Doctor fatigue isn't just a potential risk factor for accidents at the hospital -- it could be the cause of car accidents after long shifts, too, according to a new study.
Researchers from the Mayo Clinic found that 11 percent of medical interns included in the study reported getting into a car accident while in training, and 43 percent reported having a close call.
"The mere fact that motor vehicle incidents are common among residents brings the issues of resident fatigue, sleepiness and distress to a new level of priority," study researcher Dr. Colin West, M.D., Ph.D., who is an internal medicine physician at the Mayo Clinic, said in a statement. "New interventions designed to address both resident fatigue and distress may be needed to promote patient and resident safety."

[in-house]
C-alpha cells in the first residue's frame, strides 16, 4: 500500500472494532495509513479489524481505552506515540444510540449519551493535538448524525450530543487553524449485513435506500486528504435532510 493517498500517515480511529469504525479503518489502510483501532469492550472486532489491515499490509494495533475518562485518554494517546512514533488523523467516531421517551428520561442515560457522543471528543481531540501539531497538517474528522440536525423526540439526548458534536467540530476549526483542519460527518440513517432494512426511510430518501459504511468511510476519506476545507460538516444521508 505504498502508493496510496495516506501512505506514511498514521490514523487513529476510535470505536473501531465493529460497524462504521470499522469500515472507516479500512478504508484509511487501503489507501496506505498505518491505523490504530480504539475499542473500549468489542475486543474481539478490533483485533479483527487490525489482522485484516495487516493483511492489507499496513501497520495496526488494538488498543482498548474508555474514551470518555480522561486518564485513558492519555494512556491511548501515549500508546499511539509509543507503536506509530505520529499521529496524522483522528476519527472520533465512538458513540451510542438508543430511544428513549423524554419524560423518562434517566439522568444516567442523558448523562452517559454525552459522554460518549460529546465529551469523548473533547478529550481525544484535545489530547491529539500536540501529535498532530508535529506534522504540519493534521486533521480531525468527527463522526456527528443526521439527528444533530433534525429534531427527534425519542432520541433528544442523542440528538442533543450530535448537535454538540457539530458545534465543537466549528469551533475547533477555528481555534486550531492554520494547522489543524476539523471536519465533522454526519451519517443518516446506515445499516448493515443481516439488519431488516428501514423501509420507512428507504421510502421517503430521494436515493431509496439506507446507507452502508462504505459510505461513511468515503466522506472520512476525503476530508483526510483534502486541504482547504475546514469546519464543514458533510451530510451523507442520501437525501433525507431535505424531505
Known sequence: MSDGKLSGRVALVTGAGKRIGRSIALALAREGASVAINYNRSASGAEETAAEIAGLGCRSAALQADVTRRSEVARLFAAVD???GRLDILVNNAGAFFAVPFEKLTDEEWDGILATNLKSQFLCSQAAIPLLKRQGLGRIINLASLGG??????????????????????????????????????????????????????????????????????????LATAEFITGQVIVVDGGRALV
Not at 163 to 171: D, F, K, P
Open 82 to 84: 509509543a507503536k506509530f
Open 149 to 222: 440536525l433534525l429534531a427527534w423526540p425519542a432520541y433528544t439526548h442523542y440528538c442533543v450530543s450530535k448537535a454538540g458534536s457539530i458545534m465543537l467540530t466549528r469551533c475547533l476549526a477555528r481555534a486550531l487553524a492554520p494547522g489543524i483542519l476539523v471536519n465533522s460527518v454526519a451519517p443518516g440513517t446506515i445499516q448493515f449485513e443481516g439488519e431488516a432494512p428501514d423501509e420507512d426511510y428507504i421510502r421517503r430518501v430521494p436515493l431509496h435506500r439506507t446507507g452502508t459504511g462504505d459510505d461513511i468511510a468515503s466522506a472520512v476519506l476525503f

The study, published in the journal Mayo Clinic Proceedings, included about 300 residents at the Mayo Clinic who completed surveys every quarter between 2007 and 2011 (while they were training). Researchers found that those who reported having the near-misses or who reported actually getting in car accidents were linked with factors including fatigue, sleepiness, burnout and depression.
Fatigue as doctors complete their medical residencies is nothing new. A study published earlier this year in the Archives of Surgery showed that for nearly half of their waking hours, surgery residents were operating on less than 100 percent of their full mental capacity -- 80 percent, to be exact.